... out of which the universe has been made; He that is the cause or Agent who has made the universe: He that is independent of all things; He that ordains variety in the universe; He that is incapable of being comprehended; He that renders Himself invisible by the screen of illusion (CCCLXXV—CCCLXXXV); He that is Chit divested of all attributes; He on whom all things rest; He in whom all things reside when the universal dissolution comes; He that assigns the foremost place to those that worship Him; He that is durable; He that is endued with the highest puissance; ...
— The Mahabharata of Krishna-Dwaipayana Vyasa, Volume 4 • Kisari Mohan Ganguli

... front and others at the sides and behind, uttering loud shouts. The bullocks are nearly mad with being hunted and driven, and at times rush like a living tornado, tearing up the earth with their horns. As soon as the galloping riders are seen and the crooked-horned beasts, you retire behind a screen. There must be some tradition of some one having been knocked down and hurt, for reckless as the natives are said to be, they are careful about this, and we were warned several times by travellers whom we met, that there were "bullocks ahead." The law provides that the vaccheros shall station ...
— The Hawaiian Archipelago • Isabella L. Bird

... that light proceeds in straight lines is to be found in the fact, that all images formed on any screen by the rays of light after passing through a small hole are inverted. For example, suppose we have a window-shutter with a small hole in it, while in the garden fronting the window there stands a tree. Now if the rays of light which pass ...
— Aether and Gravitation • William George Hooper

... crystal should be placed on its stand on a table, or it may rest on a black velvet cushion, but in either case it should be partially surrounded by a black silk or similar wrap or screen, so adjusted as to cut off any undesirable reflection. Before beginning to experiment, remember that most frequently nothing will be seen on the first occasion, and possibly not for several sittings; though some sitters, ...
— Clairvoyance and Occult Powers • Swami Panchadasi

... literature by its success or failure in this particular quality. It seemed to her as wholesome to feed her daughter's growing fancy on an imaginary line of pious heroes, as it appeared to her moral to screen her from all suspicion of the existence of immorality. She did not honestly believe that any living man resembled the "Heir of Redclyffe," any more than she believed that the path of self-sacrifice leads inevitably to ...
— Virginia • Ellen Glasgow

... however, of the delusion, he felt no sentiment save that of wonder at the extraordinary accuracy of the resemblance, and stepped onwards towards the figure, which resolved itself, as he approached, into the various materials of which it was composed. These were merely a screen, occupied by great-coats, shawls, plaids, and such other articles as usually are found in a country entrance-hall. The spectator returned to the spot from which he had seen the illusion, and endeavoured, with all his power, to recall the image which had been so singularly vivid. But this was beyond ...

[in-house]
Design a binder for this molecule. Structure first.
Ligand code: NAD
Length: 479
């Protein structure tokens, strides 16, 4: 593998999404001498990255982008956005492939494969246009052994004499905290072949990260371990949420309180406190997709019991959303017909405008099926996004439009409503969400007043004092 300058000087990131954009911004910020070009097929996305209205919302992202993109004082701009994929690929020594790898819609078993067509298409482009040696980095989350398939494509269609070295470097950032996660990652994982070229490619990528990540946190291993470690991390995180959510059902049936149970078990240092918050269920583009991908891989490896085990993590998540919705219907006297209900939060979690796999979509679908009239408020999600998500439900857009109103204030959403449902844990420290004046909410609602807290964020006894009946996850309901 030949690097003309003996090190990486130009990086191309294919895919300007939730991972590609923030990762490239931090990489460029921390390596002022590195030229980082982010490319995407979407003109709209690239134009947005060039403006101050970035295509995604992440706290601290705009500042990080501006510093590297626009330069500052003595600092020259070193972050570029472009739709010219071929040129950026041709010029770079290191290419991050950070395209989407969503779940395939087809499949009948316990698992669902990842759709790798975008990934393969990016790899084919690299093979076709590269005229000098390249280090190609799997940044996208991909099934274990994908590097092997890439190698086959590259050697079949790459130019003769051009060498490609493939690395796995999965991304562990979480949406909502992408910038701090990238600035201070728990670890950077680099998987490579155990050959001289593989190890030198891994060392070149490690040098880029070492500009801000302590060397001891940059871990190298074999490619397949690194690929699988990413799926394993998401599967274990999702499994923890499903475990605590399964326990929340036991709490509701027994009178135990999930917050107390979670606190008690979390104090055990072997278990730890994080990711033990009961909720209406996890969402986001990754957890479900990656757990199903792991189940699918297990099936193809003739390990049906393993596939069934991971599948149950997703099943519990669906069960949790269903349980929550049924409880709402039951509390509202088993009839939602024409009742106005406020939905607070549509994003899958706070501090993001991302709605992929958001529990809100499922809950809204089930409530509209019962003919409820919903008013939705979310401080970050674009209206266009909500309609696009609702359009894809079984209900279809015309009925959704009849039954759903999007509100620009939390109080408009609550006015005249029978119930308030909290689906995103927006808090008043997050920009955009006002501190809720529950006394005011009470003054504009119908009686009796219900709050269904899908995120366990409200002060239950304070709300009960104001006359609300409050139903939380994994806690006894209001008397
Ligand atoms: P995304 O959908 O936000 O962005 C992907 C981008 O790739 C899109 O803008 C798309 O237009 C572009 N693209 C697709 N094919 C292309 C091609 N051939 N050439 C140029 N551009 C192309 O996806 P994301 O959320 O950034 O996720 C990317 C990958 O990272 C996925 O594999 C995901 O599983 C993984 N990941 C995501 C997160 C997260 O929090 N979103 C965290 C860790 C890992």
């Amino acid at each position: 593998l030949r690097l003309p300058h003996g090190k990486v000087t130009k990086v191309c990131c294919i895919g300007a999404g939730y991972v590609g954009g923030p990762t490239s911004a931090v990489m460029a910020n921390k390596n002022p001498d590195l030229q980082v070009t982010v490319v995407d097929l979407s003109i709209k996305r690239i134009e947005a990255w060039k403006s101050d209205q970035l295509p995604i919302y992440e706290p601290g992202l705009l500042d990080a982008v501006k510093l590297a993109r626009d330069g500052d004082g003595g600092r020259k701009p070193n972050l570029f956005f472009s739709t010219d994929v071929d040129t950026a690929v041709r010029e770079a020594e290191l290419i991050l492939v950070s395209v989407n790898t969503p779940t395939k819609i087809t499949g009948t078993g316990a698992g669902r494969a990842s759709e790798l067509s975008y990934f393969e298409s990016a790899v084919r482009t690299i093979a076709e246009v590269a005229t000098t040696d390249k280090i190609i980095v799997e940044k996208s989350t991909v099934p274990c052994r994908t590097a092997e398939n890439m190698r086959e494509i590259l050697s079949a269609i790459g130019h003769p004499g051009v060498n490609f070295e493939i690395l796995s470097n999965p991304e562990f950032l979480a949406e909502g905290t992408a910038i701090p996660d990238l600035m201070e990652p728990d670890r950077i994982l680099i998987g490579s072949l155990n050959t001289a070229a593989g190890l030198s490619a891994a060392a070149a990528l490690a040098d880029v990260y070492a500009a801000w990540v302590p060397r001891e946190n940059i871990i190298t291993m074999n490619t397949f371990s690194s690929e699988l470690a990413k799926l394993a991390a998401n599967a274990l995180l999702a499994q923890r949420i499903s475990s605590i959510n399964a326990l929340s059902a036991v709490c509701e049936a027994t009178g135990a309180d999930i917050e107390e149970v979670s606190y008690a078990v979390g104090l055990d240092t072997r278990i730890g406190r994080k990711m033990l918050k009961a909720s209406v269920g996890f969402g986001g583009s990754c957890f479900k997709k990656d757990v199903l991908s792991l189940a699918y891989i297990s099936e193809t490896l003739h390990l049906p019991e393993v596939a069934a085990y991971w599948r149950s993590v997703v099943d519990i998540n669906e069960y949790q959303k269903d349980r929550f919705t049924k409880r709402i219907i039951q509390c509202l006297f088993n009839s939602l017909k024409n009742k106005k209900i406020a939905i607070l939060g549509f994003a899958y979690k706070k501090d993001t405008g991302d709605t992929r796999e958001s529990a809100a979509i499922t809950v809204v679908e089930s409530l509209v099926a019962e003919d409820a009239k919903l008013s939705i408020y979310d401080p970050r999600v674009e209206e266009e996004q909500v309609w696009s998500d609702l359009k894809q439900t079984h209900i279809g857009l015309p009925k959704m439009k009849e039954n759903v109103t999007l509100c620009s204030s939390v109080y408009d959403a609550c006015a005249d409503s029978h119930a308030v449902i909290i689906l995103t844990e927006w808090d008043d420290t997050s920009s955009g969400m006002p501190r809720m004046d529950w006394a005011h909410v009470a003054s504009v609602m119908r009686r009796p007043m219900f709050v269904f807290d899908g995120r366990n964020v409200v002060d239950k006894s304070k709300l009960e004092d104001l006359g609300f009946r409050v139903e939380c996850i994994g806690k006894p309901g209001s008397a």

— Letters On Demonology And Witchcraft • Sir Walter Scott

... possible, and having many a narrow escape of running against points of land and sandbanks, they flew swiftly towards the sea, so that dawn found them among the mud flats and the mangrove swamps. Here they found a spot where mangrove roots and bushes formed an impenetrable screen, behind which they spent the day, chiefly in sleep, and ...
— Blown to Bits - The Lonely Man of Rakata, the Malay Archipelago • R.M. Ballantyne

... looked at the beady eyes, sneering, truculent, cowardly, and there leaped into his vision, as on a screen, the same eyes when their owner was making a sale in the store below—subservient eyes, smug, and ...
— Martin Eden • Jack London

... there seemed no question of their complete success. Bill fabricated his rocker, a primitive, boxlike device with a blanket screen and transverse slats below. It was faster than the pan, even rude as it was, and it caught all but the finer particles of gold. Hazel helped operate the rocker, and took her turn at shoveling or filling the box with water while Bill rocked. Each day's end sent her to her bed healthily ...
— North of Fifty-Three • Bertrand W. Sinclair

... dark-haired, romantic-looking young men, apparently brothers. The music is excellent. The performance lasts from seven till twelve, five hours, and includes three pieces. The first is a farce, in which the orthodox stage papa looks over the top of a screen in a fury at the orthodox stage-lovers, and ends the piece by joining their hands with the orthodox "Take her, you young rascal!" The second piece is a nautical, black-eyed-Susan sort of drama, with the genteel young navy lieutenant who sings like a siren; the ...
— Lippincott's Magazine of Popular Literature and Science, Vol. 15, - No. 90, June, 1875 • Various

... All the autographs were priced; and as Madame Astier paused for a moment before the window she might see next to a letter of Rachel, price 12L., a letter from Leonard Astier-Rehu to Petit Sequard, his publisher, price 2s. But this was not what she came for: she was trying to discover, behind the screen of green silk, the face of her intended customer, the master of the establishment. She was seized with a sudden fear: suppose he was not ...
— The Immortal - Or, One Of The "Forty." (L'immortel) - 1877 • Alphonse Daudet

... have a wife, and these two children whom you have adopted. As for me, I have nothing but my hide, and since it can no longer serve as a screen for M. Rudolph, I have no regard for it. So, if we should be obliged to give them their change, it's ...